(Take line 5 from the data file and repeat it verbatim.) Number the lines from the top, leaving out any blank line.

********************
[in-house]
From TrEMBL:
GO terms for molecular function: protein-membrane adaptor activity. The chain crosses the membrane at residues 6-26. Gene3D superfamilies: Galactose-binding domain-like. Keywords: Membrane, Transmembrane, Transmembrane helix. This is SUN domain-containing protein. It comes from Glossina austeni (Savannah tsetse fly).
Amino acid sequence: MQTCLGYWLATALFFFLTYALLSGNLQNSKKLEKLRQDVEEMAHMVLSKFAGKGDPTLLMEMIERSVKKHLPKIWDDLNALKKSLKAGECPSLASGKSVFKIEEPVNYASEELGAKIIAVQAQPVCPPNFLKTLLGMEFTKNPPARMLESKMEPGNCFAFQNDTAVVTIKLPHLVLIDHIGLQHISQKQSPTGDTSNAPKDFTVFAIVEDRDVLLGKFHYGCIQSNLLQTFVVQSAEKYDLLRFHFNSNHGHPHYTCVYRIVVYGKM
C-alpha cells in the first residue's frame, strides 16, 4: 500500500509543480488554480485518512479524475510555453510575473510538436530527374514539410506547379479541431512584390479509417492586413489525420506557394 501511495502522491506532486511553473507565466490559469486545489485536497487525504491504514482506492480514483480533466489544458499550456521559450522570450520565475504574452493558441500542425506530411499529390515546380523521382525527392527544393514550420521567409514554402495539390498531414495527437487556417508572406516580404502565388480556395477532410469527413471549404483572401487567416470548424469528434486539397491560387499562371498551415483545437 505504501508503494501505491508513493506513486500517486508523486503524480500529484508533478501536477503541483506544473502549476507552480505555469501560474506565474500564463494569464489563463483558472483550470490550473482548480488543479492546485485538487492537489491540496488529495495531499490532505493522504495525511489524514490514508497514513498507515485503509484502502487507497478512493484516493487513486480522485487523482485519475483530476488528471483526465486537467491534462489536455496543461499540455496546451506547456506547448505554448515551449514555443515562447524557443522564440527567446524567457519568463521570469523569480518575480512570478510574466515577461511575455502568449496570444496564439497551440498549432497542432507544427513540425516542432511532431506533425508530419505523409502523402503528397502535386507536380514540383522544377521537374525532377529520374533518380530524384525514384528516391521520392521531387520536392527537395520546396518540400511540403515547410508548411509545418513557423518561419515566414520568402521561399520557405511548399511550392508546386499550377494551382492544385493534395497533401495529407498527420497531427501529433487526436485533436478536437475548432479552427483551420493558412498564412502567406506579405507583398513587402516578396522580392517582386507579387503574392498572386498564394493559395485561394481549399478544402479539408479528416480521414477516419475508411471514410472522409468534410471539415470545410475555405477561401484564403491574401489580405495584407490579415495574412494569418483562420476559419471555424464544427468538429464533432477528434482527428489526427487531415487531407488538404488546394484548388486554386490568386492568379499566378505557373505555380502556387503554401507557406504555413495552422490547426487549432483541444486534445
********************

C-alpha cells in the first residue's frame, strides 16, 4: 500500500509543480488554480485518512479524475510555453510575473510538436530527374514539410506547379479541431512584390479509417492586413489525420506557394 501511495502522491506532486511553473507565466490559469486545489485536497487525504491504514482506492480514483480533466489544458499550456521559450522570450520565475504574452493558441500542425506530411499529390515546380523521382525527392527544393514550420521567409514554402495539390498531414495527437487556417508572406516580404502565388480556395477532410469527413471549404483572401487567416470548424469528434486539397491560387499562371498551415483545437 505504501508503494501505491508513493506513486500517486508523486503524480500529484508533478501536477503541483506544473502549476507552480505555469501560474506565474500564463494569464489563463483558472483550470490550473482548480488543479492546485485538487492537489491540496488529495495531499490532505493522504495525511489524514490514508497514513498507515485503509484502502487507497478512493484516493487513486480522485487523482485519475483530476488528471483526465486537467491534462489536455496543461499540455496546451506547456506547448505554448515551449514555443515562447524557443522564440527567446524567457519568463521570469523569480518575480512570478510574466515577461511575455502568449496570444496564439497551440498549432497542432507544427513540425516542432511532431506533425508530419505523409502523402503528397502535386507536380514540383522544377521537374525532377529520374533518380530524384525514384528516391521520392521531387520536392527537395520546396518540400511540403515547410508548411509545418513557423518561419515566414520568402521561399520557405511548399511550392508546386499550377494551382492544385493534395497533401495529407498527420497531427501529433487526436485533436478536437475548432479552427483551420493558412498564412502567406506579405507583398513587402516578396522580392517582386507579387503574392498572386498564394493559395485561394481549399478544402479539408479528416480521414477516419475508411471514410472522409468534410471539415470545410475555405477561401484564403491574401489580405495584407490579415495574412494569418483562420476559419471555424464544427468538429464533432477528434482527428489526427487531415487531407488538404488546394484548388486554386490568386492568379499566378505557373505555380502556387503554401507557406504555413495552422490547426487549432483541444486534445